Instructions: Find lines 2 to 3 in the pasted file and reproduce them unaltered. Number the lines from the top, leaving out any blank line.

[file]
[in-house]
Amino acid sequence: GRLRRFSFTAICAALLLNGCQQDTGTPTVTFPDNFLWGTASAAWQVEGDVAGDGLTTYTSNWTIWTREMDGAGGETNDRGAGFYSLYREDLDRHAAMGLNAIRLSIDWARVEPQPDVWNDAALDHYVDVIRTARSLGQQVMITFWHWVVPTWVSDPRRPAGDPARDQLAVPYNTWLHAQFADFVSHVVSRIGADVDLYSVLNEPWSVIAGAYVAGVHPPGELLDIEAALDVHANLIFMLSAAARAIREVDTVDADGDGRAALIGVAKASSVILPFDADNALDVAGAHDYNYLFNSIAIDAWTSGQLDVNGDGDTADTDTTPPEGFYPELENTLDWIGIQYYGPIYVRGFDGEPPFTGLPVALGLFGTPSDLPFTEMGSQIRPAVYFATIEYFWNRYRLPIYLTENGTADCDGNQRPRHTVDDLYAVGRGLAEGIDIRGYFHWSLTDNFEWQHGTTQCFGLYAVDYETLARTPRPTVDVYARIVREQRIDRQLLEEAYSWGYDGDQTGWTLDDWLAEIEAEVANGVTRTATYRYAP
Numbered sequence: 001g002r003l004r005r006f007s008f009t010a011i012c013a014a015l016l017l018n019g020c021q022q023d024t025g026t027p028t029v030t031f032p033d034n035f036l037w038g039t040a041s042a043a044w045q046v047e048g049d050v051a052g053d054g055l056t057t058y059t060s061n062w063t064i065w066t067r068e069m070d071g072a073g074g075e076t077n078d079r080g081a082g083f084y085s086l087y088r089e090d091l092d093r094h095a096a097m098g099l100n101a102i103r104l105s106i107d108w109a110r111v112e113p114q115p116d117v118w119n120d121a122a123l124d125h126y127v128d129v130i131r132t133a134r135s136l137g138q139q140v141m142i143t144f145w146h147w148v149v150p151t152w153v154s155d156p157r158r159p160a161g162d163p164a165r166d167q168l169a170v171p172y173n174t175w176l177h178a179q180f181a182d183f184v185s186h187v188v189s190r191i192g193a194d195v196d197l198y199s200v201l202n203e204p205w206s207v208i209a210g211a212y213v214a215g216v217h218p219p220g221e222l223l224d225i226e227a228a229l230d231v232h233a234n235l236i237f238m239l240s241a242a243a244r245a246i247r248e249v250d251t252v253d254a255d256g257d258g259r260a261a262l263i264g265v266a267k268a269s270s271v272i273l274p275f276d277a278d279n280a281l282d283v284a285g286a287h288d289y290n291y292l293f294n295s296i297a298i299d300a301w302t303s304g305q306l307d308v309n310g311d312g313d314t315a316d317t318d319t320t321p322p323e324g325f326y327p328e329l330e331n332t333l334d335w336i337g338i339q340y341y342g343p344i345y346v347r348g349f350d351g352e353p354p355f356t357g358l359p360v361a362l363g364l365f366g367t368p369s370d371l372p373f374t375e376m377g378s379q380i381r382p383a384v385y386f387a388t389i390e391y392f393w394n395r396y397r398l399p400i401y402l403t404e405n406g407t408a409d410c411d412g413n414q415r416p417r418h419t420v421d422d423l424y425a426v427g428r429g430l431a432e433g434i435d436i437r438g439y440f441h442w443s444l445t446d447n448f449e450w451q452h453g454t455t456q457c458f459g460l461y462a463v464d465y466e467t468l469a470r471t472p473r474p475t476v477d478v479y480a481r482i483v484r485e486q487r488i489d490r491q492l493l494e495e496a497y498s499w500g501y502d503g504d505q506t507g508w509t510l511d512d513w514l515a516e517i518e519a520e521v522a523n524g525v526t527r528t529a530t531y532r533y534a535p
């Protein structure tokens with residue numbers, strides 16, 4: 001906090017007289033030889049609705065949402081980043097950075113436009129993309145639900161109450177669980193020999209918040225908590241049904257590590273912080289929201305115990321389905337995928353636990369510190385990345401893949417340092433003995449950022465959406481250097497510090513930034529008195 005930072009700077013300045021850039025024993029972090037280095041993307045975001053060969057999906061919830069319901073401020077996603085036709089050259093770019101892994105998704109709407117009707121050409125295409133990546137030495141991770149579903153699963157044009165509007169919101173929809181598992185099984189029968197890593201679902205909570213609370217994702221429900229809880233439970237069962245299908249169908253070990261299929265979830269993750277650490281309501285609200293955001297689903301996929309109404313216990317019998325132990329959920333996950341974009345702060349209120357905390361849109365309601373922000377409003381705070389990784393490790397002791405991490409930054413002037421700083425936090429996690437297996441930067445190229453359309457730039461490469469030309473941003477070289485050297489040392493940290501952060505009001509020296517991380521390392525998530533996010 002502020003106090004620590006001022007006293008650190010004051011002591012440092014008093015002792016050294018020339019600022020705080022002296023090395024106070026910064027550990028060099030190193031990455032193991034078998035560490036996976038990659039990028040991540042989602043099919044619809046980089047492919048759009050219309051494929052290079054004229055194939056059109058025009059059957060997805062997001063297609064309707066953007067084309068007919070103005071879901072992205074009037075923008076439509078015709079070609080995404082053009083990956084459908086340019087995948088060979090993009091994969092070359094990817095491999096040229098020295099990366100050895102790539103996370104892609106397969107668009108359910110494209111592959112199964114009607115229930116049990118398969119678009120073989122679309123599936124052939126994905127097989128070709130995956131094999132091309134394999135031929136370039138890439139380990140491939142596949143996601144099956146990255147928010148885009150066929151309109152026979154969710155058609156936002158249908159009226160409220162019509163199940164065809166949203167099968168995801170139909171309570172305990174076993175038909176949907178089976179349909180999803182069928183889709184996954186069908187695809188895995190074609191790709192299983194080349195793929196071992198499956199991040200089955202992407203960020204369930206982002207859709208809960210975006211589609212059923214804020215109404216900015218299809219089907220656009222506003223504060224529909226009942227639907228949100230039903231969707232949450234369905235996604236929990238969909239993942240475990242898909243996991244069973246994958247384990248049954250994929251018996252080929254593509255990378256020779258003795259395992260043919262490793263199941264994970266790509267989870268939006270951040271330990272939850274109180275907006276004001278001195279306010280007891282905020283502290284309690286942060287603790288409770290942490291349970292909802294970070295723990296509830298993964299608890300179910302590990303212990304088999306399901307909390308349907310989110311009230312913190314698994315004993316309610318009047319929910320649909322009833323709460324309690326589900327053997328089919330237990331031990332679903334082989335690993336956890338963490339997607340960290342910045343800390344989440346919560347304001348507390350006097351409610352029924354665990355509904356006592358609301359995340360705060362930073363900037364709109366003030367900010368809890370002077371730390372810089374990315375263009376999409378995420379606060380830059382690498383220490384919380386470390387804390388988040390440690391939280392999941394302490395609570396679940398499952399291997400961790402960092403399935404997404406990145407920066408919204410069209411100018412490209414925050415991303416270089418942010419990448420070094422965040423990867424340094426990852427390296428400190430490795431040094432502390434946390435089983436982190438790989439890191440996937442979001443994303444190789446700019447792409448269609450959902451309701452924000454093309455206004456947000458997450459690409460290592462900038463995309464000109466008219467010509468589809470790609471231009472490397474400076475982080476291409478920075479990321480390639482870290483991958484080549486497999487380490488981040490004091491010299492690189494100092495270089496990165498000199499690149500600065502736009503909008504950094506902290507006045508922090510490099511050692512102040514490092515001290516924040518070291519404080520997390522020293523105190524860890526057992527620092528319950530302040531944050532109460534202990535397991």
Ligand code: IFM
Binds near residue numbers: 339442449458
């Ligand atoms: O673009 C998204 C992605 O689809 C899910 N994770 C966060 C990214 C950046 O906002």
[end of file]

Amino acid sequence: GRLRRFSFTAICAALLLNGCQQDTGTPTVTFPDNFLWGTASAAWQVEGDVAGDGLTTYTSNWTIWTREMDGAGGETNDRGAGFYSLYREDLDRHAAMGLNAIRLSIDWARVEPQPDVWNDAALDHYVDVIRTARSLGQQVMITFWHWVVPTWVSDPRRPAGDPARDQLAVPYNTWLHAQFADFVSHVVSRIGADVDLYSVLNEPWSVIAGAYVAGVHPPGELLDIEAALDVHANLIFMLSAAARAIREVDTVDADGDGRAALIGVAKASSVILPFDADNALDVAGAHDYNYLFNSIAIDAWTSGQLDVNGDGDTADTDTTPPEGFYPELENTLDWIGIQYYGPIYVRGFDGEPPFTGLPVALGLFGTPSDLPFTEMGSQIRPAVYFATIEYFWNRYRLPIYLTENGTADCDGNQRPRHTVDDLYAVGRGLAEGIDIRGYFHWSLTDNFEWQHGTTQCFGLYAVDYETLARTPRPTVDVYARIVREQRIDRQLLEEAYSWGYDGDQTGWTLDDWLAEIEAEVANGVTRTATYRYAP
Numbered sequence: 001g002r003l004r005r006f007s008f009t010a011i012c013a014a015l016l017l018n019g020c021q022q023d024t025g026t027p028t029v030t031f032p033d034n035f036l037w038g039t040a041s042a043a044w045q046v047e048g049d050v051a052g053d054g055l056t057t058y059t060s061n062w063t064i065w066t067r068e069m070d071g072a073g074g075e076t077n078d079r080g081a082g083f084y085s086l087y088r089e090d091l092d093r094h095a096a097m098g099l100n101a102i103r104l105s106i107d108w109a110r111v112e113p114q115p116d117v118w119n120d121a122a123l124d125h126y127v128d129v130i131r132t133a134r135s136l137g138q139q140v141m142i143t144f145w146h147w148v149v150p151t152w153v154s155d156p157r158r159p160a161g162d163p164a165r166d167q168l169a170v171p172y173n174t175w176l177h178a179q180f181a182d183f184v185s186h187v188v189s190r191i192g193a194d195v196d197l198y199s200v201l202n203e204p205w206s207v208i209a210g211a212y213v214a215g216v217h218p219p220g221e222l223l224d225i226e227a228a229l230d231v232h233a234n235l236i237f238m239l240s241a242a243a244r245a246i247r248e249v250d251t252v253d254a255d256g257d258g259r260a261a262l263i264g265v266a267k268a269s270s271v272i273l274p275f276d277a278d279n280a281l282d283v284a285g286a287h288d289y290n291y292l293f294n295s296i297a298i299d300a301w302t303s304g305q306l307d308v309n310g311d312g313d314t315a316d317t318d319t320t321p322p323e324g325f326y327p328e329l330e331n332t333l334d335w336i337g338i339q340y341y342g343p344i345y346v347r348g349f350d351g352e353p354p355f356t357g358l359p360v361a362l363g364l365f366g367t368p369s370d371l372p373f374t375e376m377g378s379q380i381r382p383a384v385y386f387a388t389i390e391y392f393w394n395r396y397r398l399p400i401y402l403t404e405n406g407t408a409d410c411d412g413n414q415r416p417r418h419t420v421d422d423l424y425a426v427g428r429g430l431a432e433g434i435d436i437r438g439y440f441h442w443s444l445t446d447n448f449e450w451q452h453g454t455t456q457c458f459g460l461y462a463v464d465y466e467t468l469a470r471t472p473r474p475t476v477d478v479y480a481r482i483v484r485e486q487r488i489d490r491q492l493l494e495e496a497y498s499w500g501y502d503g504d505q506t507g508w509t510l511d512d513w514l515a516e517i518e519a520e521v522a523n524g525v526t527r528t529a530t531y532r533y534a535p